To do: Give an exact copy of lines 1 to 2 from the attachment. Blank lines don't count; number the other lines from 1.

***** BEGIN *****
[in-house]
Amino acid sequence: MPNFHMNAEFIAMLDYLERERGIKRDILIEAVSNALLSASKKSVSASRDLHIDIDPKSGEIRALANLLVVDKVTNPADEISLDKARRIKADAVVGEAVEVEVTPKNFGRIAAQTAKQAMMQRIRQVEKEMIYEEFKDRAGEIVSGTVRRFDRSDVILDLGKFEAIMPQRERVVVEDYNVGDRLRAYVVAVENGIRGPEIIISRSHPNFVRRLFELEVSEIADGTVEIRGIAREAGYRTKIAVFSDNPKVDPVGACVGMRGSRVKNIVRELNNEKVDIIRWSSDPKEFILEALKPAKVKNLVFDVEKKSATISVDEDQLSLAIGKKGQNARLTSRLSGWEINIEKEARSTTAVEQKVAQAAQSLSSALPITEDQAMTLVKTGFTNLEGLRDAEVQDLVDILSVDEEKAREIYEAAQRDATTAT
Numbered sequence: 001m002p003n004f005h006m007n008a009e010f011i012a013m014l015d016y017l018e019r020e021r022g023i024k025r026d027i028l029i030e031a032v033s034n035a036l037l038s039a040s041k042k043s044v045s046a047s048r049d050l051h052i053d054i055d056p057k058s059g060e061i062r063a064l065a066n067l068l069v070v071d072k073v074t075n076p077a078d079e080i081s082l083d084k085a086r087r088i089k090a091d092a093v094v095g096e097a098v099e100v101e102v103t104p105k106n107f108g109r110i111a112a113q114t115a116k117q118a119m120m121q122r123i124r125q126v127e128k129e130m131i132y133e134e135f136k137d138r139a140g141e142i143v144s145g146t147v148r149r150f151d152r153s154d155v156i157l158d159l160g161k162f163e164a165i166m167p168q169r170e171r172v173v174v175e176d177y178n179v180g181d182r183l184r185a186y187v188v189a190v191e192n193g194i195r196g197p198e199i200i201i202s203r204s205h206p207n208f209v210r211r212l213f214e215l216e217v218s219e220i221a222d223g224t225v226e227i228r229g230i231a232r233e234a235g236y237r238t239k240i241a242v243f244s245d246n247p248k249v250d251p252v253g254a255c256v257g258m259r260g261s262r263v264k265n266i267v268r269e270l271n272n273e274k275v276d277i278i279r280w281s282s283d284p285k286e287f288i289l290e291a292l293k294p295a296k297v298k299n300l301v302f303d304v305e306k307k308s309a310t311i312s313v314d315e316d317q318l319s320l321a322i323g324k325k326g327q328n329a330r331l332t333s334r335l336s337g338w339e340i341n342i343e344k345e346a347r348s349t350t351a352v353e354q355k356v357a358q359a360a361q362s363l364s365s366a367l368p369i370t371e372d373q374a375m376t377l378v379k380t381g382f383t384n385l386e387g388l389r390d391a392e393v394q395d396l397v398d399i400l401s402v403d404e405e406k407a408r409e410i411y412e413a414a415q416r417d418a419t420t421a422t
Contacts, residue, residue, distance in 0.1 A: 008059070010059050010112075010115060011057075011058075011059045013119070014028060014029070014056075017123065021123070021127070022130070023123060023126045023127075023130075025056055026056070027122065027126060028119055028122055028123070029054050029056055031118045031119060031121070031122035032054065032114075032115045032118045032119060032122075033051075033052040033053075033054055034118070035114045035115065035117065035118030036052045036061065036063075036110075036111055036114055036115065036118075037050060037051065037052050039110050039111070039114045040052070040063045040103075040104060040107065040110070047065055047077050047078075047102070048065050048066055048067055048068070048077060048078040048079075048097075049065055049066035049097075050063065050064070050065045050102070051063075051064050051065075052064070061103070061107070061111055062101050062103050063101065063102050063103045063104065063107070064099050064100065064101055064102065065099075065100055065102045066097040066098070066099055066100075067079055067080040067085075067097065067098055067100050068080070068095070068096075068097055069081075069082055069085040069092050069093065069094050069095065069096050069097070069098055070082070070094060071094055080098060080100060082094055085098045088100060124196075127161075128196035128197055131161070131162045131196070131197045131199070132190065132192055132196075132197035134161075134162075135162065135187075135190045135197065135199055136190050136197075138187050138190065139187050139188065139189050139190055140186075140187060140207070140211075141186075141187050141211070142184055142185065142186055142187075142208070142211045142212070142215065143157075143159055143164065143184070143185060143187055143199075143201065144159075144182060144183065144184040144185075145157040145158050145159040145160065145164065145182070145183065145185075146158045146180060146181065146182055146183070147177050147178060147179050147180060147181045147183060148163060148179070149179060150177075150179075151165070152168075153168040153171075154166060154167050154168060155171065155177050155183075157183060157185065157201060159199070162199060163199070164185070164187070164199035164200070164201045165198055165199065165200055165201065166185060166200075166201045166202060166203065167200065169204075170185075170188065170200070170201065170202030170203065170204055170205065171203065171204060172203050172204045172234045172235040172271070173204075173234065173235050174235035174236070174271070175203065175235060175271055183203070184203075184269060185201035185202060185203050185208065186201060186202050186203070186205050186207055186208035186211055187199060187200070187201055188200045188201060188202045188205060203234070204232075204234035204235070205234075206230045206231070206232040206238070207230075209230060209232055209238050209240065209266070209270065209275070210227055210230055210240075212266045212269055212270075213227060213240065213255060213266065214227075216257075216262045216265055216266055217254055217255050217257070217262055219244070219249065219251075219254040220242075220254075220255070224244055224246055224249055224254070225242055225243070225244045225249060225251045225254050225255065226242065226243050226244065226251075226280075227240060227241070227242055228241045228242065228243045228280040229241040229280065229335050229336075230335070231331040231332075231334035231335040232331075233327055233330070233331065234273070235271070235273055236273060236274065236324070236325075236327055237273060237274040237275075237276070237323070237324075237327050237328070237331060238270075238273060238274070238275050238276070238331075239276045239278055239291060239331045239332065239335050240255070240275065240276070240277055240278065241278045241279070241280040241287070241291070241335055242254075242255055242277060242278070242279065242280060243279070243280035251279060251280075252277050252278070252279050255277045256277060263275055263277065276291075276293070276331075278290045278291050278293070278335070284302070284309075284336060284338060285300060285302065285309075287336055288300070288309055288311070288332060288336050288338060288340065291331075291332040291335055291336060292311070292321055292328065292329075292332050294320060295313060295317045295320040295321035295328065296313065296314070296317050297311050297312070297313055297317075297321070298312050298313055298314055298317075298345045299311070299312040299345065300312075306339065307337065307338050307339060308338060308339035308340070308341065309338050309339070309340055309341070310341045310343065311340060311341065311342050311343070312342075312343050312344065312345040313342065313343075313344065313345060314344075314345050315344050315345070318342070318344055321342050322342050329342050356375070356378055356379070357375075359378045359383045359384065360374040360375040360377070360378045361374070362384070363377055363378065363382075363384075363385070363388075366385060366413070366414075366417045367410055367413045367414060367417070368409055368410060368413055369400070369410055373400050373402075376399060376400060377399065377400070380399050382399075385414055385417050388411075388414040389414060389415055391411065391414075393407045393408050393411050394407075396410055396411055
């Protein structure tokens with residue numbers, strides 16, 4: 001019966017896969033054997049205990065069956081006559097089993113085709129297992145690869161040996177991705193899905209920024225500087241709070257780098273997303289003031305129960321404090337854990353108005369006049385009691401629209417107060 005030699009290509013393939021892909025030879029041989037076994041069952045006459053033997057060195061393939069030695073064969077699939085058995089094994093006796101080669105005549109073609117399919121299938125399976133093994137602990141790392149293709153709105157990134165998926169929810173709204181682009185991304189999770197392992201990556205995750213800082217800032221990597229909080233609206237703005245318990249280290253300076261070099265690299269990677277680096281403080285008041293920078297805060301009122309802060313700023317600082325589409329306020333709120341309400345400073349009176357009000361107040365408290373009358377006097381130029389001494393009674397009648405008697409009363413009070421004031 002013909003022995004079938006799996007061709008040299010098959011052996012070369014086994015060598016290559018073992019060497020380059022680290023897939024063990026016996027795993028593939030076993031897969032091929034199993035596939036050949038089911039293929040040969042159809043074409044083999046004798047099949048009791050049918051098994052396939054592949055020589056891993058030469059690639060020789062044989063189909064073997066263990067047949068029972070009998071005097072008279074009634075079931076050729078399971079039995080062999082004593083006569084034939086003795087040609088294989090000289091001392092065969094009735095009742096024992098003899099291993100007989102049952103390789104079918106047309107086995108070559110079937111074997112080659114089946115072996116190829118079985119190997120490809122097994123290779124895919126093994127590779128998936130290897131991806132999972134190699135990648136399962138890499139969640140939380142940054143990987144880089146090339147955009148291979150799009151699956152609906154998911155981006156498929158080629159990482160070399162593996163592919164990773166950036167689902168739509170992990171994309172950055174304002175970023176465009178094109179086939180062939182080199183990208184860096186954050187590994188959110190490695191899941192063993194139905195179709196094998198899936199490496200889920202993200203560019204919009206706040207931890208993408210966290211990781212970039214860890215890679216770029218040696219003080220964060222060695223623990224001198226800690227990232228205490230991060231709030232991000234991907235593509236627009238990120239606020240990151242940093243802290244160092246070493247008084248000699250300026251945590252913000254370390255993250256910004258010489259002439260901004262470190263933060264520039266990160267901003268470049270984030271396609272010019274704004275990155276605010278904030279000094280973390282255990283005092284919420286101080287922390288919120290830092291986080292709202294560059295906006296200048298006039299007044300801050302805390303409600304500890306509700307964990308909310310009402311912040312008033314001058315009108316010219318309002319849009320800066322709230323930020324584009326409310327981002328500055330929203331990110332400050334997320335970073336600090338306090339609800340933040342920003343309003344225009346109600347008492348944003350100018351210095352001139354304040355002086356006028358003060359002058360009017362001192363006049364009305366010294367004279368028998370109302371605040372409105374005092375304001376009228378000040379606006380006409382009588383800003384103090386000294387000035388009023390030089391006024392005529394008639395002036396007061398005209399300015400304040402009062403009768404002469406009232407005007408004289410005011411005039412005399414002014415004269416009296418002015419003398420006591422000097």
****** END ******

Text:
[in-house]
Amino acid sequence: MPNFHMNAEFIAMLDYLERERGIKRDILIEAVSNALLSASKKSVSASRDLHIDIDPKSGEIRALANLLVVDKVTNPADEISLDKARRIKADAVVGEAVEVEVTPKNFGRIAAQTAKQAMMQRIRQVEKEMIYEEFKDRAGEIVSGTVRRFDRSDVILDLGKFEAIMPQRERVVVEDYNVGDRLRAYVVAVENGIRGPEIIISRSHPNFVRRLFELEVSEIADGTVEIRGIAREAGYRTKIAVFSDNPKVDPVGACVGMRGSRVKNIVRELNNEKVDIIRWSSDPKEFILEALKPAKVKNLVFDVEKKSATISVDEDQLSLAIGKKGQNARLTSRLSGWEINIEKEARSTTAVEQKVAQAAQSLSSALPITEDQAMTLVKTGFTNLEGLRDAEVQDLVDILSVDEEKAREIYEAAQRDATTAT